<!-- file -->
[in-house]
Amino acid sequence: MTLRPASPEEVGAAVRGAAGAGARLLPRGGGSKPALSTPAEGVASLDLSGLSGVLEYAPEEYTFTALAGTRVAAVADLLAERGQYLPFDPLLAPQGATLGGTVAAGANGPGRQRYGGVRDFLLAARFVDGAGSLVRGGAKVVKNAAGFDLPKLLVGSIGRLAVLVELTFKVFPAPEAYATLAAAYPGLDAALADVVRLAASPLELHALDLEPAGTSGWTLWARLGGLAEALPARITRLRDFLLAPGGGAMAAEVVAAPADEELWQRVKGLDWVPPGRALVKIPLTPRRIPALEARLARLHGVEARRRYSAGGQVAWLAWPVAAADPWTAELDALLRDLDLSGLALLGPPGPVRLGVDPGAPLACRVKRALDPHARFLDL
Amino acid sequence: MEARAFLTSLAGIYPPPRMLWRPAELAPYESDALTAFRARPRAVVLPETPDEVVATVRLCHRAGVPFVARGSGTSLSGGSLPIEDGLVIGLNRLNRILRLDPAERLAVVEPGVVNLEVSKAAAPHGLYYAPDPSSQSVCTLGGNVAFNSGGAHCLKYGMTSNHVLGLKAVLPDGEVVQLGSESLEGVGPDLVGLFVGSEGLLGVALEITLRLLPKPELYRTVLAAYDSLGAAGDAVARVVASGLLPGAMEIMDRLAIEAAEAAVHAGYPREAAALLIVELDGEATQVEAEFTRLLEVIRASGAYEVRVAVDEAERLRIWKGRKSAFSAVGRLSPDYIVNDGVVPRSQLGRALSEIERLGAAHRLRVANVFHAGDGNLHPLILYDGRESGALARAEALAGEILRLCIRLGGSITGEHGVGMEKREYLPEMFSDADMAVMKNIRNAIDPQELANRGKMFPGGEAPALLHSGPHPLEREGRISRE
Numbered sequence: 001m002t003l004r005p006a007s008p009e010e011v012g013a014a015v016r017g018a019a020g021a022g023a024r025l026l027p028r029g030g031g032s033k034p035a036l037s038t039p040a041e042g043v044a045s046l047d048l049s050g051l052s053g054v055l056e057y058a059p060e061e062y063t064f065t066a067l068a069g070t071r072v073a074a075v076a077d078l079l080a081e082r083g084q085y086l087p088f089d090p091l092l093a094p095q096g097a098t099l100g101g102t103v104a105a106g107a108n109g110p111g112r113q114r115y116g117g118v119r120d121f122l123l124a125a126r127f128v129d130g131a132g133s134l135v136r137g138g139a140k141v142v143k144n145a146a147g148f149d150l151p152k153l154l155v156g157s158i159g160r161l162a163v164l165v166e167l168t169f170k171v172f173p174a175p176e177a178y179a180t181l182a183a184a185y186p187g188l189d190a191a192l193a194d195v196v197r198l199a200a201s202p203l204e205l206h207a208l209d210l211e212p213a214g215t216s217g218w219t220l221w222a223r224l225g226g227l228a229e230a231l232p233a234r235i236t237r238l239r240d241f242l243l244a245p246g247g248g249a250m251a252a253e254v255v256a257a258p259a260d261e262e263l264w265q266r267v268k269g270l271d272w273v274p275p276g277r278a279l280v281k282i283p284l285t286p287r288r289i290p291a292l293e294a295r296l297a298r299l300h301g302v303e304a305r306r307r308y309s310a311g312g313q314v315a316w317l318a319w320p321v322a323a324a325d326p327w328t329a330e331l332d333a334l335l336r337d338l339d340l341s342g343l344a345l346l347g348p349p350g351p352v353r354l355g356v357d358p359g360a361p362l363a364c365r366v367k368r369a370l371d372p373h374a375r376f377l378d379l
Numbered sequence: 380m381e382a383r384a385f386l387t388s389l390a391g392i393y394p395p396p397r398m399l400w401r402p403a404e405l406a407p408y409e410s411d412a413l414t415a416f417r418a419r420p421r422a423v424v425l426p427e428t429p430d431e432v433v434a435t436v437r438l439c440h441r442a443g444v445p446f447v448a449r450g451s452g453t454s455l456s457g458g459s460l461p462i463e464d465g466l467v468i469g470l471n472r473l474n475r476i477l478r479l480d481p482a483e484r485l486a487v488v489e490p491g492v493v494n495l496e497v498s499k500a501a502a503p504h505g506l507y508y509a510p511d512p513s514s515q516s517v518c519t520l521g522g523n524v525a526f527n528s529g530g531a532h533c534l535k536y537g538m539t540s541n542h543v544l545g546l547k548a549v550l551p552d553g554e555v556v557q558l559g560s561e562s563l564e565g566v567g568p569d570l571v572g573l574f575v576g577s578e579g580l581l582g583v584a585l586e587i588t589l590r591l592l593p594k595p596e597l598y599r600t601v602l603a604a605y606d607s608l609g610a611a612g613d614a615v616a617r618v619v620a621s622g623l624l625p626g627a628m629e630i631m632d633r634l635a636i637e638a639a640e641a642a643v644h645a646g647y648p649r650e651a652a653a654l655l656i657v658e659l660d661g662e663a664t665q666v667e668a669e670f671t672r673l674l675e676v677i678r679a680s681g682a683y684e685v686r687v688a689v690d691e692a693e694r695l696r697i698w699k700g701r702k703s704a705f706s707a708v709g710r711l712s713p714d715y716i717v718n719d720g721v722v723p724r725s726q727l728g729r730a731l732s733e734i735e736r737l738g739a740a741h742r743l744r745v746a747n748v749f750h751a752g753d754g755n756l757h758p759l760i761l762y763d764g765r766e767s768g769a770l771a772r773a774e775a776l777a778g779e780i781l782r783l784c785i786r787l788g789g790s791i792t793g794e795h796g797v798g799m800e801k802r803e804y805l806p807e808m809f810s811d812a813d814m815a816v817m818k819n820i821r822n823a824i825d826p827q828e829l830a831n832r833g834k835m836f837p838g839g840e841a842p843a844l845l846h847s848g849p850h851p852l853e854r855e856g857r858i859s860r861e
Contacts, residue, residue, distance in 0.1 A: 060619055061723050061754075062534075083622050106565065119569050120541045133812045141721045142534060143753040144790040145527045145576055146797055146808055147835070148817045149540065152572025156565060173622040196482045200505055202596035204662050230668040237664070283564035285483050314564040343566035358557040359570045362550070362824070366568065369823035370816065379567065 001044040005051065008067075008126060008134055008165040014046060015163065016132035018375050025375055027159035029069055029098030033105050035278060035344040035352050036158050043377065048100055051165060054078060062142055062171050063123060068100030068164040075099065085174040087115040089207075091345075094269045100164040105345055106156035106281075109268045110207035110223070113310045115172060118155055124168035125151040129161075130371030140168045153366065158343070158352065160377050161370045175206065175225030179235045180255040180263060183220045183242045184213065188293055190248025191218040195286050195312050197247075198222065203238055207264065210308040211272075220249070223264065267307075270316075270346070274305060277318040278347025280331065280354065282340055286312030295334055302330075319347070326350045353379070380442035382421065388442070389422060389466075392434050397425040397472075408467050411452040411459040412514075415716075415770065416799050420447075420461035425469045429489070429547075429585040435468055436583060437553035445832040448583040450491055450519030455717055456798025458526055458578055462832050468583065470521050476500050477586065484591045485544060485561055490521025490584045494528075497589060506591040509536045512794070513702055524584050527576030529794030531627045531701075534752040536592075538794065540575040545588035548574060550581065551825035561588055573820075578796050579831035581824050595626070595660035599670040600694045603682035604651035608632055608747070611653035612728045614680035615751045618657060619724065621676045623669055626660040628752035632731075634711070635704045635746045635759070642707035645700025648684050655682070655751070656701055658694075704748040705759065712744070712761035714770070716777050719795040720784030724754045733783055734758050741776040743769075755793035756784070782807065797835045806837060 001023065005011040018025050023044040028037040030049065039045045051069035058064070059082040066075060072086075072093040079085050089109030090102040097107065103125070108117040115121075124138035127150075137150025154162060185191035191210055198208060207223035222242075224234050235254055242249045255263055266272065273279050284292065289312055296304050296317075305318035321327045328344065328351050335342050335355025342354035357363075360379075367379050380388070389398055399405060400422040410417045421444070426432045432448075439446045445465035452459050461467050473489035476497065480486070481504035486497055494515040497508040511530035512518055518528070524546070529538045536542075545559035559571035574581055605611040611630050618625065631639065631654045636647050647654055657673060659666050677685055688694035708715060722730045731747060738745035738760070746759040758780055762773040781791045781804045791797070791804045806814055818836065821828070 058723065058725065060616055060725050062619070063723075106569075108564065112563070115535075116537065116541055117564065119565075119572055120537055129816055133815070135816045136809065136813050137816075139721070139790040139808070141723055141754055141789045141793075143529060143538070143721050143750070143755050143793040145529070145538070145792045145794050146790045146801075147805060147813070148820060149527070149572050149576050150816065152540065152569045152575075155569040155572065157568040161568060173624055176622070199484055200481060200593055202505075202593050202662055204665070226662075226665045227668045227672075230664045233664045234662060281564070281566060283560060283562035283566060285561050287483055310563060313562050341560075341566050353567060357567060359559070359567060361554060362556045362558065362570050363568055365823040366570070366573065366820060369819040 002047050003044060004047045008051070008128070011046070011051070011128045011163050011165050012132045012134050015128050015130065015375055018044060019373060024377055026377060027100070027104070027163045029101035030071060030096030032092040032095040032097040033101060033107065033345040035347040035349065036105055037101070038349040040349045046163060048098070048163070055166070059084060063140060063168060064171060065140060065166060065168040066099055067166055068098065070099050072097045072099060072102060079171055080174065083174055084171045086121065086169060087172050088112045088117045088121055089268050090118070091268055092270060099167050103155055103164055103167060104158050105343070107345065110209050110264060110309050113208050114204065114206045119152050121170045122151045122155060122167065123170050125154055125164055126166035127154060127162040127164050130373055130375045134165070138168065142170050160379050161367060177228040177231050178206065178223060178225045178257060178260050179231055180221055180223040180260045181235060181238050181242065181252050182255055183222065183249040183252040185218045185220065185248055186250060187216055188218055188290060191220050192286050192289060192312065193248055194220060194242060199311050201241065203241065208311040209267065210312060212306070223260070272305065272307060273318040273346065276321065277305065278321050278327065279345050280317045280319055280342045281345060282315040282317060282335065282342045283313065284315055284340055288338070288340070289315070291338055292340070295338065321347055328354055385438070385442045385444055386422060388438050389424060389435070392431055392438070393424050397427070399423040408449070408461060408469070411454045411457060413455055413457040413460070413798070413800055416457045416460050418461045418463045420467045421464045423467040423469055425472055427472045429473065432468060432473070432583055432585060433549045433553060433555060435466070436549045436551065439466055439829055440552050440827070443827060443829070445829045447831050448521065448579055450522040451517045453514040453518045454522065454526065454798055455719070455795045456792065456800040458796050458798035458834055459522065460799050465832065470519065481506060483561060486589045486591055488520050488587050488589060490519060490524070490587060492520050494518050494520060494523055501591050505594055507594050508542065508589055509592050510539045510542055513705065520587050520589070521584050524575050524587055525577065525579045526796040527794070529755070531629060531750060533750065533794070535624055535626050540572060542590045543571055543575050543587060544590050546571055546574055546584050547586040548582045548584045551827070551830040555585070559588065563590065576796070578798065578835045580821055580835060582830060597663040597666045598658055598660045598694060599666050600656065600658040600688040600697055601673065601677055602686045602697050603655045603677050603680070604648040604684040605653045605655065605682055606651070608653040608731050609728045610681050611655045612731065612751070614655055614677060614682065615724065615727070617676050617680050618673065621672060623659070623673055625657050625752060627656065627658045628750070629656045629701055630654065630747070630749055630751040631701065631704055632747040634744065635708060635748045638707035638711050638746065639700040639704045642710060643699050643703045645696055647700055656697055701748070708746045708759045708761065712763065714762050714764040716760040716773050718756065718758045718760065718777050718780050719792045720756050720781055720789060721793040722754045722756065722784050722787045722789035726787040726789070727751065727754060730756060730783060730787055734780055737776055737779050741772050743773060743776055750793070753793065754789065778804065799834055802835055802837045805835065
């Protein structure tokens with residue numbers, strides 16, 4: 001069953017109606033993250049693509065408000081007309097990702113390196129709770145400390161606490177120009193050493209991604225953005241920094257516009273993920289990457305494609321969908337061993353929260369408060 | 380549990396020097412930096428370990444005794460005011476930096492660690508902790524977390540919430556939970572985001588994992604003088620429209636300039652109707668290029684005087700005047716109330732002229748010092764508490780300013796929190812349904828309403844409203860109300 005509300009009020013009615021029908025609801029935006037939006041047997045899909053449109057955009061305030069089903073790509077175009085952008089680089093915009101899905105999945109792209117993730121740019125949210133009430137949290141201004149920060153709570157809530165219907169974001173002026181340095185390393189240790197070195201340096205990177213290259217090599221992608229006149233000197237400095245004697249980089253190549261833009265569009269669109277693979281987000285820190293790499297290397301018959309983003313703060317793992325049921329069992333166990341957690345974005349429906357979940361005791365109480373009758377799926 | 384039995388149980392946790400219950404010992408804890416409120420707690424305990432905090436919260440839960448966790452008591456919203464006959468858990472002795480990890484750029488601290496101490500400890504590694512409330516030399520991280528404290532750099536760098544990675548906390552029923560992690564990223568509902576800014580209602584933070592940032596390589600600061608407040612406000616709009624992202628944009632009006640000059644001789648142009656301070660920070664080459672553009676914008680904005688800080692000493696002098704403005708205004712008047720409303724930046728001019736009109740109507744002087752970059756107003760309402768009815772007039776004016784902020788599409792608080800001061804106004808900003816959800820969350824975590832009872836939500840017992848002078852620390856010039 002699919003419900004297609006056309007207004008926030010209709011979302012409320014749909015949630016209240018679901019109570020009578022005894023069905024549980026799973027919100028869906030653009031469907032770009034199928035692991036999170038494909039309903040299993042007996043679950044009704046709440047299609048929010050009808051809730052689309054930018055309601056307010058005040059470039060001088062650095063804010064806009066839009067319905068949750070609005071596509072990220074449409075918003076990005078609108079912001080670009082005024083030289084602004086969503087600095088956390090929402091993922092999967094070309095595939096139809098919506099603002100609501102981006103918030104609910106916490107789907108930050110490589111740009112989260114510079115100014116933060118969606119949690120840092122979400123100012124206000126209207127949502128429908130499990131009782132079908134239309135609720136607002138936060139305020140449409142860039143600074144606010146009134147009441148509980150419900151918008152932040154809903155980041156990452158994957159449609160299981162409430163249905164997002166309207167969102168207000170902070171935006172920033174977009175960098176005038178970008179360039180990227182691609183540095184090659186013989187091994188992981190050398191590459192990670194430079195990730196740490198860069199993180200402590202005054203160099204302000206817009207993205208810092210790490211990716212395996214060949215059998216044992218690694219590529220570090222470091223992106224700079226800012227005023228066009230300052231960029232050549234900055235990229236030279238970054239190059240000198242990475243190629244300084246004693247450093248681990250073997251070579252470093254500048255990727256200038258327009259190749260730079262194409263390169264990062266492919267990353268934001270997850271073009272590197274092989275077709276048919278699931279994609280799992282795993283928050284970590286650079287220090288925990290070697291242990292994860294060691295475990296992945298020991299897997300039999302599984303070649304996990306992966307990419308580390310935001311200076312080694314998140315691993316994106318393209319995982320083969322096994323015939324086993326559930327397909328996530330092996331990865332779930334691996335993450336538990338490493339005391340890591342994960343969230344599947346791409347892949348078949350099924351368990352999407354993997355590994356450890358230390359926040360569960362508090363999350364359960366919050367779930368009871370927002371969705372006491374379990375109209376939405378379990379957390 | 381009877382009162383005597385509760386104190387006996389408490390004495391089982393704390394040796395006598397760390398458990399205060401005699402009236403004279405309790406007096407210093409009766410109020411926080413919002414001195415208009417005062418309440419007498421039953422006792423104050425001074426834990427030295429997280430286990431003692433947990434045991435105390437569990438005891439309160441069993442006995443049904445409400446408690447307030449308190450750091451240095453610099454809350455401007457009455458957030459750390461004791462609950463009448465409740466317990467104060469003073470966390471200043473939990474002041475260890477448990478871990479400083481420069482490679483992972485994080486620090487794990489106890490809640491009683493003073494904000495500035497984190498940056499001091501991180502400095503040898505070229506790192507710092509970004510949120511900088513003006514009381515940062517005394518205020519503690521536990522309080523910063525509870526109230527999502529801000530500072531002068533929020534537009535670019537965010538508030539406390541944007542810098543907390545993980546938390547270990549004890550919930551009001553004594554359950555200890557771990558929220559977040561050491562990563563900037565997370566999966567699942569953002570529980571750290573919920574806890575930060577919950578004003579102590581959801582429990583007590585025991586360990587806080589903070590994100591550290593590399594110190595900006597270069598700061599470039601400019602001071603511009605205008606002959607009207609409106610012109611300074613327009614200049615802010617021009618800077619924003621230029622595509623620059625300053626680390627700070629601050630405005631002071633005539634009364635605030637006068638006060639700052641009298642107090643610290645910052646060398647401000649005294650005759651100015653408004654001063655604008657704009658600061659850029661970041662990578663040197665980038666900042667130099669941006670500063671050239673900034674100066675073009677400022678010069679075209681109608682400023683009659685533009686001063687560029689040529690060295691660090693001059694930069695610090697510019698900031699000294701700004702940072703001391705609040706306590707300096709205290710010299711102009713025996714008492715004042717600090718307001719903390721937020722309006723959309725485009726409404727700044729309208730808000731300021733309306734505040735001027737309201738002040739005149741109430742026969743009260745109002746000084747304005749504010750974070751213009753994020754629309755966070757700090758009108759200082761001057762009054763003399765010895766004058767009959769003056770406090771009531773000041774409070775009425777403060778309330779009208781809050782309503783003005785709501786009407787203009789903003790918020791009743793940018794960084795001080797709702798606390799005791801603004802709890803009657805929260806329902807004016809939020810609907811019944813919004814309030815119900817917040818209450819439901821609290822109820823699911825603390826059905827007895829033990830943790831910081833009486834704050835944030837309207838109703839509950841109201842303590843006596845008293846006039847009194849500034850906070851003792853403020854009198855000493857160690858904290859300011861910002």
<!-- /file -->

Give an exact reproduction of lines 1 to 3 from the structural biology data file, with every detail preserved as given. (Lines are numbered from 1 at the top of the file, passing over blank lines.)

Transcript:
[in-house]
Amino acid sequence: MTLRPASPEEVGAAVRGAAGAGARLLPRGGGSKPALSTPAEGVASLDLSGLSGVLEYAPEEYTFTALAGTRVAAVADLLAERGQYLPFDPLLAPQGATLGGTVAAGANGPGRQRYGGVRDFLLAARFVDGAGSLVRGGAKVVKNAAGFDLPKLLVGSIGRLAVLVELTFKVFPAPEAYATLAAAYPGLDAALADVVRLAASPLELHALDLEPAGTSGWTLWARLGGLAEALPARITRLRDFLLAPGGGAMAAEVVAAPADEELWQRVKGLDWVPPGRALVKIPLTPRRIPALEARLARLHGVEARRRYSAGGQVAWLAWPVAAADPWTAELDALLRDLDLSGLALLGPPGPVRLGVDPGAPLACRVKRALDPHARFLDL
Amino acid sequence: MEARAFLTSLAGIYPPPRMLWRPAELAPYESDALTAFRARPRAVVLPETPDEVVATVRLCHRAGVPFVARGSGTSLSGGSLPIEDGLVIGLNRLNRILRLDPAERLAVVEPGVVNLEVSKAAAPHGLYYAPDPSSQSVCTLGGNVAFNSGGAHCLKYGMTSNHVLGLKAVLPDGEVVQLGSESLEGVGPDLVGLFVGSEGLLGVALEITLRLLPKPELYRTVLAAYDSLGAAGDAVARVVASGLLPGAMEIMDRLAIEAAEAAVHAGYPREAAALLIVELDGEATQVEAEFTRLLEVIRASGAYEVRVAVDEAERLRIWKGRKSAFSAVGRLSPDYIVNDGVVPRSQLGRALSEIERLGAAHRLRVANVFHAGDGNLHPLILYDGRESGALARAEALAGEILRLCIRLGGSITGEHGVGMEKREYLPEMFSDADMAVMKNIRNAIDPQELANRGKMFPGGEAPALLHSGPHPLEREGRISRE